In my own trajectory as an artist, this methodology appears quite clearly in my project Gendernaut[9], a research project and artistic practice that, in a first phase titled Queering the software, questions the ways in which the hegemonic archive is constructed through the design of a plugin that allows for the collective creation of archives through an online interactive multimedia experience; in a second phase, titled Queering the archive, it proposes new ways of visualizing narratives based on queer and transfeminist genealogies through transmedia and performative experiences that conceive of the archive as an interactive live space, free from heteropatriarchal codes, a space inhabited by multiple bodies and subjectivities that put in relation the past, present, and future to come.

[1] Barker, Meg-John; Scheele, Julia (2017). Queer: Una historia gráfica [Queer: A graphic history]. Spain: Editorial Melusina [Melusina Publishing House].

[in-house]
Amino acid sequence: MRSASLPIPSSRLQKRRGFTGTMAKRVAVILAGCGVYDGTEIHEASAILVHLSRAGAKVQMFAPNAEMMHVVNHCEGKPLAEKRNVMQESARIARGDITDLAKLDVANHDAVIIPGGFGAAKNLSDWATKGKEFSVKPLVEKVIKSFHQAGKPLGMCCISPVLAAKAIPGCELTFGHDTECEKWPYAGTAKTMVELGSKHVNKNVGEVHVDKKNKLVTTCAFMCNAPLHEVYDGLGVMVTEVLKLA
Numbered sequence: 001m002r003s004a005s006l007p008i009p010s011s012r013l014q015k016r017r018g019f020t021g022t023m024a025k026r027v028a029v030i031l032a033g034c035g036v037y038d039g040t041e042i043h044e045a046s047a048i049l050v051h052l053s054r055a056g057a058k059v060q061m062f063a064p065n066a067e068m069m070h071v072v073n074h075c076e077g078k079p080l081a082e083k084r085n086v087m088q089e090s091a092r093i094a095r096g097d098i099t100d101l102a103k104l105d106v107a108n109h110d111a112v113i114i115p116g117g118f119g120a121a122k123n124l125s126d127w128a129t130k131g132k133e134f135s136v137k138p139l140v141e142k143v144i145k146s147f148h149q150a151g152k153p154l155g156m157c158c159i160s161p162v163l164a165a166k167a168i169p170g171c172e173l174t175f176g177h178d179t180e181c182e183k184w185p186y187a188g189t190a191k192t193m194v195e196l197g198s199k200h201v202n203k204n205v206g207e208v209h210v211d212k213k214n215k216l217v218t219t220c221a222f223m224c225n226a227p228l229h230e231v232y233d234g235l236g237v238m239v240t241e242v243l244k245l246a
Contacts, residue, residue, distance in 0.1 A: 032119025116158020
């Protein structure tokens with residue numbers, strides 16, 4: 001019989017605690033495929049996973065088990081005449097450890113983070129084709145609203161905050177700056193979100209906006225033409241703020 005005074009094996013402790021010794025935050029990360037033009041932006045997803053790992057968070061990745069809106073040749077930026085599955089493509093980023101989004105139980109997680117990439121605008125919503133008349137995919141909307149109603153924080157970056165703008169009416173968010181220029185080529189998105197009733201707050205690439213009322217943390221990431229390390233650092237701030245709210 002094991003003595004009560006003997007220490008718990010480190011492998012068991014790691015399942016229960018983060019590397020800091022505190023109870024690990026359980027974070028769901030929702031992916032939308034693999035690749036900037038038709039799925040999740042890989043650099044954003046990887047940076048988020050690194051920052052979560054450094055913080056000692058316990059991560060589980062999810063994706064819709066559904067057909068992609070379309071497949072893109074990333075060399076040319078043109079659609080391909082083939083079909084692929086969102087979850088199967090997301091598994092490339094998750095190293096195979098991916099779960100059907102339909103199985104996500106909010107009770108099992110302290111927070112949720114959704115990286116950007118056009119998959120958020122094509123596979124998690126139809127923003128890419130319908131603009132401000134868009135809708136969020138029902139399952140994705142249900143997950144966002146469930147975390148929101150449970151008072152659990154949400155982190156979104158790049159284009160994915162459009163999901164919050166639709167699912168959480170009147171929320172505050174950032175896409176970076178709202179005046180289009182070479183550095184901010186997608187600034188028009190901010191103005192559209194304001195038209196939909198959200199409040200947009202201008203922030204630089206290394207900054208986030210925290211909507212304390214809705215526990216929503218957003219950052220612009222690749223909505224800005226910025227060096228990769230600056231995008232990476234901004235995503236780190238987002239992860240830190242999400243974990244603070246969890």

[2] Lawrence, Tim (2011). “Disco and the Queering of the Dance Floor”. Cultural Studies, Routledge Taylor & Francis Group. <https://www.researchgate.net/publication/263416464_Disco_and_the_Queering_of_the_dance_floor/link/56e2fa1608aee84447bf3da7/download>

[3] Thaemlitz, Terre (2000). I Am Not a Lesbian. Comatonse.com. Japan: Comatonse Recordings. <https://www.comatonse.com/writings/iamnotalesbian.html>

[4] Thaemlitz, Terre. “DJ Sprinkles” (2013). Queerifications & Ruins. Japan: Mule musiq. <https://soundcloud.com/imamura-yosuke/sets/dj-sprinkles-terre-thaemlitz>

[5] Queering the map. <https://www.queeringthemap.com>

[6] Sáez, Javier (2016). Metro LGTBIQ de Madrid. https://javiersaezdelalamo.wordpress.com. <https://drive.google.com/open?id=0B-4hMnr3Yta0UkVaTEZRekY2UTFHOGtPc01nSXRfNkFfdmVn>

[7] Queer glossary (2015). https://vanabbemuseum.nl. <https://vanabbemuseum.nl/fileadmin/files/Collectie%20en%20tentoonstellingen/2016/Queering/A_Queer_Glossary_published_on_2018_12_10.pdf>

[8] Queering the Van Abbe. <https://vanabbemuseum.nl/en/collection/queering/archive/>

[9] Marchante, Diego. “Genderhacker” (2017-21). Gendernaut. Queering the arhive. <http://gendernaut.net>